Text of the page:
‘To be honest’, he says, ‘I really can’t remember getting home last night ‘.
And there he is, standing in the doorway of my flat, and he’s saying this with what almost amounts to a hint of jubilation in his voice. It’s New Year’s Day. And he obviously did get home last night.
‘Didn’t your brother give you a lift?’
‘He might have done, yeah, but . . . You know, I’m never drinking again. Well, not for a bit. Time for a dry January’.
It’s four in the afternoon and he’s obviously just got up.
‘I must have had a bad pint or something’.
‘There’s no such thing as a bad pint. It’s just an urban myth’.
‘Mum used to say all the time, whenever I got like this, that it’s a bad pint. That’s what does it. Ask anyone’.
‘It’s a euphemism’.
‘A new what?’
‘They should get Health and Safety to look into these breweries. All these bad pints. Oh, my head!’
He comes in and sits down in my armchair.
‘Ohhh, I think I’m going to be . .’.
I hold the waste paper bin under his nose.
‘It’s ok’, he says. ‘I’ve swallowed it’.
I look at him, sitting there. He’s wearing his t-shirt and shorts, the clothes that he wears when he’s in bed. At least he had time to change out of the clothes that he had been wearing. I look at him, with his features that look like the face of a teenager has been grafted on to the frame of a sixty year old.
‘Can you remember midnight?’ I ask.
‘The fireworks woke me up’.
‘You were asleep?’
‘Jeez. You’re such a party animal’.
‘But you had a good time, though?’
‘I can’t remember’.
I look out of the window. It was a mild, overcast afternoon. I can see people walking past to the park at the end of the street. I live in the ground floor flat directly beneath his. I knew that he was asleep because I couldn’t hear him moving around. I couldn’t hear his television, either.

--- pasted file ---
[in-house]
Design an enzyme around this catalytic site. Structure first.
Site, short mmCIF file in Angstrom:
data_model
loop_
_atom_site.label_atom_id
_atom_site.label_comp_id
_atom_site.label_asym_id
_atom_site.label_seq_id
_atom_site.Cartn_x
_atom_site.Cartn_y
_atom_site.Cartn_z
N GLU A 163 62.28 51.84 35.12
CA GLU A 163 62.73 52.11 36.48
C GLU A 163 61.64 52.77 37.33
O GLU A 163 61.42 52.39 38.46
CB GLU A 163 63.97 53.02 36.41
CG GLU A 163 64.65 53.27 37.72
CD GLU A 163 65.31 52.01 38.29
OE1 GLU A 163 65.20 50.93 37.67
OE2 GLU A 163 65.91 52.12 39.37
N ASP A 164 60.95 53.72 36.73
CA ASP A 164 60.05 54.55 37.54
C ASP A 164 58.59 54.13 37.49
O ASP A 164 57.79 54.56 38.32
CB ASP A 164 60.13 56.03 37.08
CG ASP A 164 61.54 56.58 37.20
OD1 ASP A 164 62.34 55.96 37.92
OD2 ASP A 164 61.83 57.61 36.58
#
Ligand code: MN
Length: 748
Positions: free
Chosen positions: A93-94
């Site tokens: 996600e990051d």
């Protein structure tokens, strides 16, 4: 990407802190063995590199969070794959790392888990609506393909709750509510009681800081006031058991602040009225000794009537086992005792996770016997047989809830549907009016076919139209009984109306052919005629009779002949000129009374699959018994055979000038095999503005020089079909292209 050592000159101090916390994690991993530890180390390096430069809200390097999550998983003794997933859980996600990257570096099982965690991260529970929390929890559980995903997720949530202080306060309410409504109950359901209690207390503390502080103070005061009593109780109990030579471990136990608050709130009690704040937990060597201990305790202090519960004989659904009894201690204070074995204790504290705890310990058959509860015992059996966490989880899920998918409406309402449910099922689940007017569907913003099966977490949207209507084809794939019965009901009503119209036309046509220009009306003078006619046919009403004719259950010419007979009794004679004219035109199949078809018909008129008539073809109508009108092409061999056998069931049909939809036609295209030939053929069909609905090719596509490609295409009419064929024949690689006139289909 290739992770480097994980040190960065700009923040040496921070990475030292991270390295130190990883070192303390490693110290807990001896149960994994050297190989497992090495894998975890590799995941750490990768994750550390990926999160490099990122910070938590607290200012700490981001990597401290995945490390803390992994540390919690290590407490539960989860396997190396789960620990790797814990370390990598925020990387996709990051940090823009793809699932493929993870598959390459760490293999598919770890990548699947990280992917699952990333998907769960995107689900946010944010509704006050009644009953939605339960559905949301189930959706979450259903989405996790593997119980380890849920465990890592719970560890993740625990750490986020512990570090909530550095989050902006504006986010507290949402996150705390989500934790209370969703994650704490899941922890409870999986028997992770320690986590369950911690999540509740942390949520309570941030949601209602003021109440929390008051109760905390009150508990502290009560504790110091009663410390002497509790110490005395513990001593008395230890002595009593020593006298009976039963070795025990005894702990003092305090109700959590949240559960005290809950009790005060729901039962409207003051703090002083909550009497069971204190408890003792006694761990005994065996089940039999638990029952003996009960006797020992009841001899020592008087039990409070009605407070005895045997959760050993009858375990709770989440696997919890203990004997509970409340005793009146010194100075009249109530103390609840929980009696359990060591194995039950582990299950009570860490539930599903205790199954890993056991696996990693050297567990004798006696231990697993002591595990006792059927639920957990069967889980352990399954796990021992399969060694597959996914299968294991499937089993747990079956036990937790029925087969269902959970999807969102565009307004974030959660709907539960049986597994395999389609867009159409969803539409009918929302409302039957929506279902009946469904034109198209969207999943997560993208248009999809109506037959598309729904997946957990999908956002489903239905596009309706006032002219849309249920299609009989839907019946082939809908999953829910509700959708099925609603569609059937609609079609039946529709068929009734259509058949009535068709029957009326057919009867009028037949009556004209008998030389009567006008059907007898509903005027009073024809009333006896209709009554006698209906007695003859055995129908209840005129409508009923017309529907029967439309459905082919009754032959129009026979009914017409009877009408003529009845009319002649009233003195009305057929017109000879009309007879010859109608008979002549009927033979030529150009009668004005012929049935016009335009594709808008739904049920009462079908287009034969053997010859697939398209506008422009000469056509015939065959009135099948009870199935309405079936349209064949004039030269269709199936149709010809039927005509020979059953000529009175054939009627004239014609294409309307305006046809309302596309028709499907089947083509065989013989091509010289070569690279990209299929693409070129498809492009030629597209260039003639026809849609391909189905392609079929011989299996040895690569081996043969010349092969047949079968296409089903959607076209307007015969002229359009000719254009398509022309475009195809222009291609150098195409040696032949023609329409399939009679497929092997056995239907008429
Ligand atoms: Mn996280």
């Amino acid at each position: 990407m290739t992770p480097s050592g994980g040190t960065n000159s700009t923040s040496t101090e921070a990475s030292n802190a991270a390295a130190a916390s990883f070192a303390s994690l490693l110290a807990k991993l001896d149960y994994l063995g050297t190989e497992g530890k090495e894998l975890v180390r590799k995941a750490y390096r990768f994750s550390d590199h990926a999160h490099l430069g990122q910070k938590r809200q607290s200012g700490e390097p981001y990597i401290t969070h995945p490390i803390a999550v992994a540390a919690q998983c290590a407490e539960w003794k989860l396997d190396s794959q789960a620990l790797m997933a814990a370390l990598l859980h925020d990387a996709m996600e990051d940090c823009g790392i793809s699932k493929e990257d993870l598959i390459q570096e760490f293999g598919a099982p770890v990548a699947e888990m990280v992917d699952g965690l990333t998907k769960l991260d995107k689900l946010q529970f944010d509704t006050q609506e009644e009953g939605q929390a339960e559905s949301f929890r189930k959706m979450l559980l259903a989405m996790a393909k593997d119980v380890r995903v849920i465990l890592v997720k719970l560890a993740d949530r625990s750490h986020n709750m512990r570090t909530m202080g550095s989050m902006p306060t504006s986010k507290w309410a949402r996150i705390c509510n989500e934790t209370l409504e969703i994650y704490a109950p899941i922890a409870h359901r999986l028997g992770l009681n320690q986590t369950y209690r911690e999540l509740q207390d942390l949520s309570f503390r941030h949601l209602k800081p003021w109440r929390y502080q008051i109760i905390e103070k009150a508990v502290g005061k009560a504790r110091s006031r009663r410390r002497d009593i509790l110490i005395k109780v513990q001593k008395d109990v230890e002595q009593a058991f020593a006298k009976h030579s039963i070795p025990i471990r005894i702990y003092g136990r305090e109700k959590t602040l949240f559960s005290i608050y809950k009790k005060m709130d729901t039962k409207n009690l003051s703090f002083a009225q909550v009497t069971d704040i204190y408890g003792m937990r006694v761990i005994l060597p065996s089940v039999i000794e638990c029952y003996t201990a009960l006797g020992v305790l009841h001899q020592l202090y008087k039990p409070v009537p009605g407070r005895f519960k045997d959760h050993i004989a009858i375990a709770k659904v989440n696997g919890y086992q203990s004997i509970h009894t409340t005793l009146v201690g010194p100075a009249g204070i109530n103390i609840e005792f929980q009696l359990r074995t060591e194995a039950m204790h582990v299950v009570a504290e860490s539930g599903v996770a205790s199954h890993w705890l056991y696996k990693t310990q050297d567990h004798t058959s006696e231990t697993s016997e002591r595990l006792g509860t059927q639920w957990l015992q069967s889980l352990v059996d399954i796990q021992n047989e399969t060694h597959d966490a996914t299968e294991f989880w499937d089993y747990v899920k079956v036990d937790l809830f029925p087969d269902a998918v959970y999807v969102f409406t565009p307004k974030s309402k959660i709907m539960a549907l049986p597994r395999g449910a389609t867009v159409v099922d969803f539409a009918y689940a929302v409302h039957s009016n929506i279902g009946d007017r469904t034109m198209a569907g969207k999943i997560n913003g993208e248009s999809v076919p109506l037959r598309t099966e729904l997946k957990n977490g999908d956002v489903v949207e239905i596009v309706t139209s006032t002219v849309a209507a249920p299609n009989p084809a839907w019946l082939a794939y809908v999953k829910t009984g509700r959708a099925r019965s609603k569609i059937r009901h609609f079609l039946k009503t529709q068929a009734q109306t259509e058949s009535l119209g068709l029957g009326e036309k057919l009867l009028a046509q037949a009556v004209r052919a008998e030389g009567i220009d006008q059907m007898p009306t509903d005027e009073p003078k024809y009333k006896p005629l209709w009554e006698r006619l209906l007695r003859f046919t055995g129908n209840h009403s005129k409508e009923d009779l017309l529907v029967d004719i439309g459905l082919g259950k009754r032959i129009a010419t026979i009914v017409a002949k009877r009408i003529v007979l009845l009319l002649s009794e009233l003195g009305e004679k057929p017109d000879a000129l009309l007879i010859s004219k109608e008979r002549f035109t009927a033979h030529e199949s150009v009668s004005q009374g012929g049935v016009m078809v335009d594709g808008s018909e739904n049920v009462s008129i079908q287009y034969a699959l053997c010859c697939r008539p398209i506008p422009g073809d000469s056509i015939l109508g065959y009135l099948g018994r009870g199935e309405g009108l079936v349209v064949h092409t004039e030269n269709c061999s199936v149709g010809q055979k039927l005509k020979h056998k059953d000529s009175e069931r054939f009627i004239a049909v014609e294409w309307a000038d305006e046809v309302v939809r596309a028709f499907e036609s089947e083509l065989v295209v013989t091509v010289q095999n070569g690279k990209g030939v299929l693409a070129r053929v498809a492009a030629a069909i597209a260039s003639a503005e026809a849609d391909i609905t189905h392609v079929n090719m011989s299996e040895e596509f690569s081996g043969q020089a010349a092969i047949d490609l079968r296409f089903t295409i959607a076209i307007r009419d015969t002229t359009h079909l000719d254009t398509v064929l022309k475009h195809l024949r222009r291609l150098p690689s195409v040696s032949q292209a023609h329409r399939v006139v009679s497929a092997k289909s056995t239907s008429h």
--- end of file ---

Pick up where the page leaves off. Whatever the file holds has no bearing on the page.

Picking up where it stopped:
‘Do you want something to eat?’
He puts his hand right over his eyes.
‘Never drinking again. Too many bad pints’.
His brother also lives in the same building. When the fireworks had started at midnight, his brother had gone outside and started up his car, and then he had just sat there for a bit, watching the fireworks from behind his windscreen. His rear brake lights had lit up my flat an otherworldly red as the new year came in. I must have gone back to sleep just after he had driven away.
‘I think maybe it might be a good idea for you to go off the booze for a little while’, I say to him.
‘I told you! It was a bad pint! And anyway, I’m doing the dry January thing. Not that I need it. Don’t you listen?’
‘I know, but you’re never serious about these things’.
‘Bucket’, he says.
I reach for the waste paper bin again.
His mother had thought we were lovers. I’ve never told him this, because I knew he’d go off on one. And when I’d told her that we weren’t, at the time that she was seriously ill and only a few days away from dying, she had told me that I should look after him. Make sure that he was okay. And I’d said, yes, I will. And that’s why I’d had been relieved, the night before at midnight, when I’d heard his brother get in the car at midnight.
‘I was thinking of going for a walk’, I say.
He clamps his hand right over his eyes, tightly.
‘Work, tomorrow’, I whisper.
‘I know’, he says. ‘Bad pint . . .’.
He gets up and shuffles towards the door.
‘Let me know if you need any food’, I tell him.
‘Yeah’, he says.
‘Yeah, you do, or yeah, you don’t?’
And then he’s gone, and it’s a happy new year, and the kids are going past on their bicycles and skateboards to the park at the end of the road, and the sun is already beginning to set, and his brothers car is still there where he’s parked if the night before, after he had brought him home.